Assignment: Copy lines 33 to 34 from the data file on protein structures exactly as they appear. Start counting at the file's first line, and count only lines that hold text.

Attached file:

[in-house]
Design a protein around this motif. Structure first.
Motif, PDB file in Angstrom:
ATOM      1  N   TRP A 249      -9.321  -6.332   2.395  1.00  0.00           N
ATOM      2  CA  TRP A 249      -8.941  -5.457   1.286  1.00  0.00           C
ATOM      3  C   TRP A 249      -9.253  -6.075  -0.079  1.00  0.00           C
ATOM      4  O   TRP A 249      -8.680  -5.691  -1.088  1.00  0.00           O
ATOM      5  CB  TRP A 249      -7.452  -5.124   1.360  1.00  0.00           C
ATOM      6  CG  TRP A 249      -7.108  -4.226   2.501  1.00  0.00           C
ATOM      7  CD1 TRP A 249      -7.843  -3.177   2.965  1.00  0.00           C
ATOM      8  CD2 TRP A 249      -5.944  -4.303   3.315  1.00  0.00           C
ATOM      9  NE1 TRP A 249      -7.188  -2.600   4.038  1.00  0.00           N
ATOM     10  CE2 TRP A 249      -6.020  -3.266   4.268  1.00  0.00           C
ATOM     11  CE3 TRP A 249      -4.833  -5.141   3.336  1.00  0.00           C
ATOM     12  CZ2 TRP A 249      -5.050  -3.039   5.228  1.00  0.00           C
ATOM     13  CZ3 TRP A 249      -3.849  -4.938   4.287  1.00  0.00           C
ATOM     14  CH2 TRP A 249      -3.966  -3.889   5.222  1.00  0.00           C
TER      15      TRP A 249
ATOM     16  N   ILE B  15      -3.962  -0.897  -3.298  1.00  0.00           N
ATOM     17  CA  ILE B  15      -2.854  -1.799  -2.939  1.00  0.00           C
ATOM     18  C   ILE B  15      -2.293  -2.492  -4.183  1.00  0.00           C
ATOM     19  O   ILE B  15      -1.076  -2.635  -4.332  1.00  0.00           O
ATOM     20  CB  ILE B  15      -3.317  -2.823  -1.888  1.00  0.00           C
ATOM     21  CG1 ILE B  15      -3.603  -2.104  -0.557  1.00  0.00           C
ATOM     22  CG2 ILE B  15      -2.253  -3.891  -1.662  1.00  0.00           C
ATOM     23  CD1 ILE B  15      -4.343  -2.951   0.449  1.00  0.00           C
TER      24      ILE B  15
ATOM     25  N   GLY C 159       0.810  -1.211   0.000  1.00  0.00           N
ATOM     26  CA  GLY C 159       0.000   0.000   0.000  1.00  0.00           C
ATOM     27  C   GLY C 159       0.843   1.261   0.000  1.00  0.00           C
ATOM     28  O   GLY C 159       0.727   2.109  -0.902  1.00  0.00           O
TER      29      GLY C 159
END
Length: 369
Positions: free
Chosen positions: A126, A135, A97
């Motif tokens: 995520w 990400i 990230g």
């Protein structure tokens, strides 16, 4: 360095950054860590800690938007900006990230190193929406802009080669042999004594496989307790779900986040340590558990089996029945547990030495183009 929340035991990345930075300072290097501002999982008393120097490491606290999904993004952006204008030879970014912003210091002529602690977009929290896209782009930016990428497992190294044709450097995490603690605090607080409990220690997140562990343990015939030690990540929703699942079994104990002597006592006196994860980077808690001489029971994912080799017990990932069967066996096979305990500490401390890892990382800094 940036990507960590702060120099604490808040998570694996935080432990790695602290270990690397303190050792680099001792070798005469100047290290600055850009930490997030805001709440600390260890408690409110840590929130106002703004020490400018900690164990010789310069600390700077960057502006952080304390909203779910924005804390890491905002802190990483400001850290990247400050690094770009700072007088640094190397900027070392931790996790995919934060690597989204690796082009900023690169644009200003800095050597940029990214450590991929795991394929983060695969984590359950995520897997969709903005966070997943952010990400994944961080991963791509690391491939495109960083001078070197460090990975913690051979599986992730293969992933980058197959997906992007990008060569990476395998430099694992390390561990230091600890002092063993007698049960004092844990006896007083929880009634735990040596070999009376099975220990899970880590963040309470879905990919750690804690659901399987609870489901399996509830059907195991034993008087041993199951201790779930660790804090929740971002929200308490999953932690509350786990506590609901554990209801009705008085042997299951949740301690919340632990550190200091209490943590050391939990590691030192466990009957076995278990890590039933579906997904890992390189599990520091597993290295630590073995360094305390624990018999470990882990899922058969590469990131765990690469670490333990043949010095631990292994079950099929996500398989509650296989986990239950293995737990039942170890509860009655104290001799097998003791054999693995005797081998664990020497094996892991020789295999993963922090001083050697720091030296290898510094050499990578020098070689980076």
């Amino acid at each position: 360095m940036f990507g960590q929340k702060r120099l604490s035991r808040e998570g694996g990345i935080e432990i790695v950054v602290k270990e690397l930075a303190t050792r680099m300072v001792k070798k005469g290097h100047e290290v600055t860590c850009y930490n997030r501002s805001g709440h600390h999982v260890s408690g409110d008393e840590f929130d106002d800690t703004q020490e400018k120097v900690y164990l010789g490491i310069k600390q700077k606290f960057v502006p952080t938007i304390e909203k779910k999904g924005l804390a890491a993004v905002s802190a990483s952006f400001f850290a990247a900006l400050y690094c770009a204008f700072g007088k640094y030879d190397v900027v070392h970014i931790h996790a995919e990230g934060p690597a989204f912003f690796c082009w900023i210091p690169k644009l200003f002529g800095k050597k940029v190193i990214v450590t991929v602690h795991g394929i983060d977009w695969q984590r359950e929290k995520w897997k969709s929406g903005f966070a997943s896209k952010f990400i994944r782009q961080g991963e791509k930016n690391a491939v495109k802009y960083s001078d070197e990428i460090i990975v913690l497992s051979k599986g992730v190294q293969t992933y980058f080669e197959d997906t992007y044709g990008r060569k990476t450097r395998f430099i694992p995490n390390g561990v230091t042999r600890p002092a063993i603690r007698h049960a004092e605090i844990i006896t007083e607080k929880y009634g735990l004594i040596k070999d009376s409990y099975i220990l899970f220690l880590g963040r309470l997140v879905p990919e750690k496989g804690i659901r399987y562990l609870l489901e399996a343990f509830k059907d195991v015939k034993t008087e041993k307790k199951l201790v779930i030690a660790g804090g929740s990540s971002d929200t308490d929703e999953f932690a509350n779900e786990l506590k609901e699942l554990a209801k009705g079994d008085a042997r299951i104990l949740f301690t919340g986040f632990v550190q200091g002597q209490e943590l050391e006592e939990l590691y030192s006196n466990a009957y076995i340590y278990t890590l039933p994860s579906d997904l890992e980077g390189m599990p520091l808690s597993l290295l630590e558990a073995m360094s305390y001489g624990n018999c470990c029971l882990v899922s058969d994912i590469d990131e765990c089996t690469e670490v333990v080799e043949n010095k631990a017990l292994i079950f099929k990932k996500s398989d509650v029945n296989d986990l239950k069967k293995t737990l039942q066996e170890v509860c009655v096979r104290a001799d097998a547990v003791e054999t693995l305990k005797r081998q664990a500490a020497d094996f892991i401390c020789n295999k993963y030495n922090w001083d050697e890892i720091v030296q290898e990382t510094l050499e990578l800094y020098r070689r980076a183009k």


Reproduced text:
END
Length: 369